A teacher dreams of having students like this. So what the hell? Let’s rock and roll on Highway 101 revisited and get unstuck from inside the Newport blues again!

I introduced myself to Mel the bus driver and briefed him on the mission. I actually used the word “mission” and impressed upon him that we didn’t have time to dick around. He said, “I drove a semi for nine years. I can handle it.”

On the way to the bridge, Mel jumped a couple of curves and took us in hot. Given the command, I think he would have driven right off the bridge for art’s sake!

We stopped under the north end of the bridge near the pedestrian plaza that virtually none of the students had ever visited. Surrounded by the seventy, I screamed, “Gear up!” and “spread out!” I swung four different cameras around my neck and stuffed another in my pocket. I had only one rule: you can’t walk on the bridge. Too much potential for grab-assing and a flattened freshman on the deck. They saluted and then…the assault of art and photography on the Yaquina Bay Bridge began. It was as gorgeous an aesthetic operation as has ever been recorded in the annals of Oregon history.

Field Trip Pointing

Some thirty minutes later, the seventy and I stood under the bridge at the south end and I barked out my orders: inhale your lunch and then mount another assault! The principal showed up with his awesome new camera and super telephoto lens, He was shooting eight frames a second, looking at the bridge at interesting angles, and sharing his passion for photography with students. He felt like my General.

Bridge Drawing


At one point, a girl spread Fritos on the grass and the gulls swarmed in like gilded vultures to a loophole in a securities law. The special education students went completely nuts and danced in the swarm. I wanted to join them but refrained. A little discipline for the troops, you know?

In the course of the field trip I saw images of the bridge I never imagined seeing. The students got shots no one has ever got and will never get again.

We arrived back at school five minutes late and I worried a bit about teacher retribution for tardies. Some of the unhappy personnel in the rear act like that sometimes. These are the same teachers who students will never remember, except, if later in life, they read Catch 22, and then all the lessons of school and life and America become clear.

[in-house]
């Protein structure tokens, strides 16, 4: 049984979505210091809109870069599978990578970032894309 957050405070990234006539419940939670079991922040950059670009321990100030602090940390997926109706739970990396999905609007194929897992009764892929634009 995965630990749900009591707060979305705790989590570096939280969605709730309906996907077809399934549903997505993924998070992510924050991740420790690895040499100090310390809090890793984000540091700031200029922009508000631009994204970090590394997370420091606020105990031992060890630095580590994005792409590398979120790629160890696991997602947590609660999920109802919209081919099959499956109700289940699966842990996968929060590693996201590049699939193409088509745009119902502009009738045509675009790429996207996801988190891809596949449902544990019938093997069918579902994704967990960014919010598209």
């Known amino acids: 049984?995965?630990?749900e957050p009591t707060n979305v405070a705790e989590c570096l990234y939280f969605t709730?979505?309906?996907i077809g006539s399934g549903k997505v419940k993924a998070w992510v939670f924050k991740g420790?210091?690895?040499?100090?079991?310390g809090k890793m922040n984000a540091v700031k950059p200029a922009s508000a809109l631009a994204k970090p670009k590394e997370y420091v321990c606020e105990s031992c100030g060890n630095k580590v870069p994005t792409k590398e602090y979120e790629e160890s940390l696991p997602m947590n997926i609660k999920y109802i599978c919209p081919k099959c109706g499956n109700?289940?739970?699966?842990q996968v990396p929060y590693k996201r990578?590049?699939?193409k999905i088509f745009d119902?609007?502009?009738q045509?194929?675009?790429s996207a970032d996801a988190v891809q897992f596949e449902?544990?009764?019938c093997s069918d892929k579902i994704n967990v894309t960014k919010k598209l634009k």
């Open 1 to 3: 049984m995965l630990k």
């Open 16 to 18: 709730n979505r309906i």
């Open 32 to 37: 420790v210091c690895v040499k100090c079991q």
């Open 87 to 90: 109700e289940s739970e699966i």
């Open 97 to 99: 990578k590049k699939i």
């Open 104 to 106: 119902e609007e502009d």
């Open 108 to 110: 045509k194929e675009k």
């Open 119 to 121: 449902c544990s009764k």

We took the bridge.

Denise Emanuel Clemen, 7/17/2011

Current Occupation: Divorceé
Former Occupation: Child rearer, cat box scooper, landscaper, cook, laundress errand runner, social planner, travel agent and all-around indentured servant of high-powered attorney.
Contact Information: Denise Emanuel Clemen became a mother at the age of 16—but it’s a lot more complicated than that. Since then she’s worked as an art model, an au pair in Paris, a merchant of her own blood plasma, and a worker in a toy factory where she was expert at assembling miniature manure spreaders. Her fiction and essays have been published in several literary magazines (most recently “The Rattling Wall.”) and in the anthology “Saying Goodbye” from Dream of Things Publication. She blogs as if she were getting paid for it at,, and


The Dead and The Naked

“You would be the dead girl,” the director said. I nodded, hoping to appear unfazed. I could do dead. A low-budget independent film was a step up from the student films I’d been doing. There would be pay.

The director had graduated from USC film school and made sure to insert this impressive bit of his resume into our conversation. To support his claim, a framed diploma was hanging from a nail the size of a railroad spike protruding from the cracked plaster behind his desk. He had industry connections, he said. He didn’t want to drop names, but he had an uncle in the business that would set him up with something bigger if this project went well.

I wondered if his uncle had rented his office for him, furnished it and hooked up the phone. The two-room suite was on the corner of Hollywood and Cahuenga in a partially vacant bank building, and the metal desk and filing cabinet looked like survivors of a moving van accident. You could see the Hollywood sign if you pressed your face against the grimy window and looked north. It was 1977, and Hollywood was badly in need of a face-lift. The Hollywood sign itself also craved some cosmetic intervention. One of its L’s was sagging.

In the adjoining room, I could see four blond girls sitting on cockeyed folding chairs. They were being called back for the lead, but I was already cast based on the audition I’d done a few days ago. The director was still going on about how my part was really the most interesting one. “There’s a lot of meat in the two scenes you have before you die,” he said.